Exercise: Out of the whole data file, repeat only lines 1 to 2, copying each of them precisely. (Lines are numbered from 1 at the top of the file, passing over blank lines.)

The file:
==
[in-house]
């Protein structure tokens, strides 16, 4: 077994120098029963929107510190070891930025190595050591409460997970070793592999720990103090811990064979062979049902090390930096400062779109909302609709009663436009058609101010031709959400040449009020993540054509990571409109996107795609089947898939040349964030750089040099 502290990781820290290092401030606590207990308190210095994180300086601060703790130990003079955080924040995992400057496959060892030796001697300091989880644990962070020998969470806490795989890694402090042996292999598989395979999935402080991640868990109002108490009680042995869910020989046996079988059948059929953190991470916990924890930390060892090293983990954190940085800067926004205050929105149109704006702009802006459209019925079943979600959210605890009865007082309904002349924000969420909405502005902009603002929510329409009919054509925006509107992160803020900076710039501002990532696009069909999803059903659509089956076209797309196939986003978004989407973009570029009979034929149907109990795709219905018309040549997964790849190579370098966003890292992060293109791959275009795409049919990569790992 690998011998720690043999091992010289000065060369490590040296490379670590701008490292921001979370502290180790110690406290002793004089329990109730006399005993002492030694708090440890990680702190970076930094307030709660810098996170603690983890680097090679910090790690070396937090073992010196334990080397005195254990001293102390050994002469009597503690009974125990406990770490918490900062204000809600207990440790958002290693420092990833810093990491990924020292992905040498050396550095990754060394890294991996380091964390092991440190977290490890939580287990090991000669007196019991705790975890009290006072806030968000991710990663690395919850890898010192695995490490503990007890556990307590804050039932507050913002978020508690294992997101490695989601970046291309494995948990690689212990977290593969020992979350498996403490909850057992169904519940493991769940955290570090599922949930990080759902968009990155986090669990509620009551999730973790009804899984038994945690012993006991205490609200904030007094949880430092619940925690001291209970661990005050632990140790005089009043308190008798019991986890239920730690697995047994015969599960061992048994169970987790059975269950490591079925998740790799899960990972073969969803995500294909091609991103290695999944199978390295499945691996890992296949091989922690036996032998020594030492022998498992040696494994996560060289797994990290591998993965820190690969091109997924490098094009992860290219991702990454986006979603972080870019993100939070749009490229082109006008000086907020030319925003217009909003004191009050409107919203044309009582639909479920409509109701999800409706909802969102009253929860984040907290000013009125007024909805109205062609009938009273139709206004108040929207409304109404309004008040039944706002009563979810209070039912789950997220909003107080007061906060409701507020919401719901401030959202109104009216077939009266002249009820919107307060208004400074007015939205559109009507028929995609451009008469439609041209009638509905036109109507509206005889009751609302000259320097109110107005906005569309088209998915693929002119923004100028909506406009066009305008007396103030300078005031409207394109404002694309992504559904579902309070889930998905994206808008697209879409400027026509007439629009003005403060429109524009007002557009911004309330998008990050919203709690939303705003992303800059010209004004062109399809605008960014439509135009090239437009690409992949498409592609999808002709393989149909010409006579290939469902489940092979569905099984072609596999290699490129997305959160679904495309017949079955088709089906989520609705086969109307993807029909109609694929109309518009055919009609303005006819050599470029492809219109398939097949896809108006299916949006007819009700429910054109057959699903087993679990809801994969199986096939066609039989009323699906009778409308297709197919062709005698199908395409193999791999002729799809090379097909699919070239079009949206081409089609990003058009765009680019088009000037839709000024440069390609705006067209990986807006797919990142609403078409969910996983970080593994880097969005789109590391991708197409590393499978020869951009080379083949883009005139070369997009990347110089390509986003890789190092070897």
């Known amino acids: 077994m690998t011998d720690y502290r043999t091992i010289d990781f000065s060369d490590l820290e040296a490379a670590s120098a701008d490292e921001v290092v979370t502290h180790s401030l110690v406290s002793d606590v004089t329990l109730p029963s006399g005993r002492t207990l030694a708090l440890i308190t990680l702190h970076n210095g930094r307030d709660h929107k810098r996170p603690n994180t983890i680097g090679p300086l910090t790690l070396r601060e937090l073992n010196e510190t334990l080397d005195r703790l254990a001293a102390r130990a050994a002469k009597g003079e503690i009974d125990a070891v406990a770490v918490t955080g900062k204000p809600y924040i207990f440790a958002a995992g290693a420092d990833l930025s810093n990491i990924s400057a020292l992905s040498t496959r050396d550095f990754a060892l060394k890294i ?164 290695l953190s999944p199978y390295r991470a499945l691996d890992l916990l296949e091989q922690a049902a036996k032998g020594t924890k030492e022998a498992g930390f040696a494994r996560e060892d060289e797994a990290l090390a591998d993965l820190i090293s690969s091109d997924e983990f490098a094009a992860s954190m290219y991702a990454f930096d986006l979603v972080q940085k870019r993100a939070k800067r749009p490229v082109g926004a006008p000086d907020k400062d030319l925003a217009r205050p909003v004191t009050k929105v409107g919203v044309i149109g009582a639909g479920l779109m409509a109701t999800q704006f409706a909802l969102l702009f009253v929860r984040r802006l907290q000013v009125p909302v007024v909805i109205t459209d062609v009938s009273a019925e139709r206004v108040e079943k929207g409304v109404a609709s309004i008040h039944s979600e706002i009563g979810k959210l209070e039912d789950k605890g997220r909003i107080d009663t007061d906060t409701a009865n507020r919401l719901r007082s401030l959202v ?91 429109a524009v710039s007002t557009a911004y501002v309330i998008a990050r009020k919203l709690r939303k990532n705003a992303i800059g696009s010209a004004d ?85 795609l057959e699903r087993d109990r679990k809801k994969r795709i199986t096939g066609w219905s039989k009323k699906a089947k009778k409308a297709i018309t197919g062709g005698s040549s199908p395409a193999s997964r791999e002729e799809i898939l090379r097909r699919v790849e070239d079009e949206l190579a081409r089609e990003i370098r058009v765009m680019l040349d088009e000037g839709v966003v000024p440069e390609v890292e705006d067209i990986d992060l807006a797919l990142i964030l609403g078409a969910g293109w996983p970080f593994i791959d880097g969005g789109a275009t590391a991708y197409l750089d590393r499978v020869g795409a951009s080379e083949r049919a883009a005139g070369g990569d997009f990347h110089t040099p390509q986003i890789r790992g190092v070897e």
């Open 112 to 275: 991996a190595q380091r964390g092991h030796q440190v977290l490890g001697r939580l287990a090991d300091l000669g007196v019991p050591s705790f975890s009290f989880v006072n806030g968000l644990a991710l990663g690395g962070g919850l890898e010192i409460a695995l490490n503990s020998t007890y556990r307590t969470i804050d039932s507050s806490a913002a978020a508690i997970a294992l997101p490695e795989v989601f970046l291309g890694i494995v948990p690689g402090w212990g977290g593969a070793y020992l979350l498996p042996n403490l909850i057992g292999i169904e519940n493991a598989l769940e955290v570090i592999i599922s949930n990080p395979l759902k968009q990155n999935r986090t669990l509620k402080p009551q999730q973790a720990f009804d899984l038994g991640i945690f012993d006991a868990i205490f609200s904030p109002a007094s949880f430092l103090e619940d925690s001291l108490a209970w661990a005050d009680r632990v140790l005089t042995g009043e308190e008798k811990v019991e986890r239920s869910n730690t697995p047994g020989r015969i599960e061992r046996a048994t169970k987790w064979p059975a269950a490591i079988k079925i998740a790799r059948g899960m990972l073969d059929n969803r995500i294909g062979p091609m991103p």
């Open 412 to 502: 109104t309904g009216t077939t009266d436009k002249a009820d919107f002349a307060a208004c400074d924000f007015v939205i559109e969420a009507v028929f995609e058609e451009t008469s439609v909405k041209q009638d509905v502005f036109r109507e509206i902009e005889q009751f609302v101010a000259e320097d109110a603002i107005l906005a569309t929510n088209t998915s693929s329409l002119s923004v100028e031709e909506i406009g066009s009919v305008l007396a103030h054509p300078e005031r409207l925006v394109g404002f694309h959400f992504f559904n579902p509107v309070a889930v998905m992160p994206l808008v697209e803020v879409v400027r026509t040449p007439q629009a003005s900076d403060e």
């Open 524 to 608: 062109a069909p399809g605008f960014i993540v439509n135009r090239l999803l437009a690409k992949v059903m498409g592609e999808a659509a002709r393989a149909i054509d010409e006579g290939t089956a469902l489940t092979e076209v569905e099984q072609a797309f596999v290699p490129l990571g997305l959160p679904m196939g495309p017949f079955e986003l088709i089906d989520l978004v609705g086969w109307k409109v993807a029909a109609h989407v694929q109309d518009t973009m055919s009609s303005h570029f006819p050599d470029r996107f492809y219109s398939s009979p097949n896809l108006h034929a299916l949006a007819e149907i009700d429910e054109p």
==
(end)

[in-house]
């Protein structure tokens, strides 16, 4: 077994120098029963929107510190070891930025190595050591409460997970070793592999720990103090811990064979062979049902090390930096400062779109909302609709009663436009058609101010031709959400040449009020993540054509990571409109996107795609089947898939040349964030750089040099 502290990781820290290092401030606590207990308190210095994180300086601060703790130990003079955080924040995992400057496959060892030796001697300091989880644990962070020998969470806490795989890694402090042996292999598989395979999935402080991640868990109002108490009680042995869910020989046996079988059948059929953190991470916990924890930390060892090293983990954190940085800067926004205050929105149109704006702009802006459209019925079943979600959210605890009865007082309904002349924000969420909405502005902009603002929510329409009919054509925006509107992160803020900076710039501002990532696009069909999803059903659509089956076209797309196939986003978004989407973009570029009979034929149907109990795709219905018309040549997964790849190579370098966003890292992060293109791959275009795409049919990569790992 690998011998720690043999091992010289000065060369490590040296490379670590701008490292921001979370502290180790110690406290002793004089329990109730006399005993002492030694708090440890990680702190970076930094307030709660810098996170603690983890680097090679910090790690070396937090073992010196334990080397005195254990001293102390050994002469009597503690009974125990406990770490918490900062204000809600207990440790958002290693420092990833810093990491990924020292992905040498050396550095990754060394890294991996380091964390092991440190977290490890939580287990090991000669007196019991705790975890009290006072806030968000991710990663690395919850890898010192695995490490503990007890556990307590804050039932507050913002978020508690294992997101490695989601970046291309494995948990690689212990977290593969020992979350498996403490909850057992169904519940493991769940955290570090599922949930990080759902968009990155986090669990509620009551999730973790009804899984038994945690012993006991205490609200904030007094949880430092619940925690001291209970661990005050632990140790005089009043308190008798019991986890239920730690697995047994015969599960061992048994169970987790059975269950490591079925998740790799899960990972073969969803995500294909091609991103290695999944199978390295499945691996890992296949091989922690036996032998020594030492022998498992040696494994996560060289797994990290591998993965820190690969091109997924490098094009992860290219991702990454986006979603972080870019993100939070749009490229082109006008000086907020030319925003217009909003004191009050409107919203044309009582639909479920409509109701999800409706909802969102009253929860984040907290000013009125007024909805109205062609009938009273139709206004108040929207409304109404309004008040039944706002009563979810209070039912789950997220909003107080007061906060409701507020919401719901401030959202109104009216077939009266002249009820919107307060208004400074007015939205559109009507028929995609451009008469439609041209009638509905036109109507509206005889009751609302000259320097109110107005906005569309088209998915693929002119923004100028909506406009066009305008007396103030300078005031409207394109404002694309992504559904579902309070889930998905994206808008697209879409400027026509007439629009003005403060429109524009007002557009911004309330998008990050919203709690939303705003992303800059010209004004062109399809605008960014439509135009090239437009690409992949498409592609999808002709393989149909010409006579290939469902489940092979569905099984072609596999290699490129997305959160679904495309017949079955088709089906989520609705086969109307993807029909109609694929109309518009055919009609303005006819050599470029492809219109398939097949896809108006299916949006007819009700429910054109057959699903087993679990809801994969199986096939066609039989009323699906009778409308297709197919062709005698199908395409193999791999002729799809090379097909699919070239079009949206081409089609990003058009765009680019088009000037839709000024440069390609705006067209990986807006797919990142609403078409969910996983970080593994880097969005789109590391991708197409590393499978020869951009080379083949883009005139070369997009990347110089390509986003890789190092070897």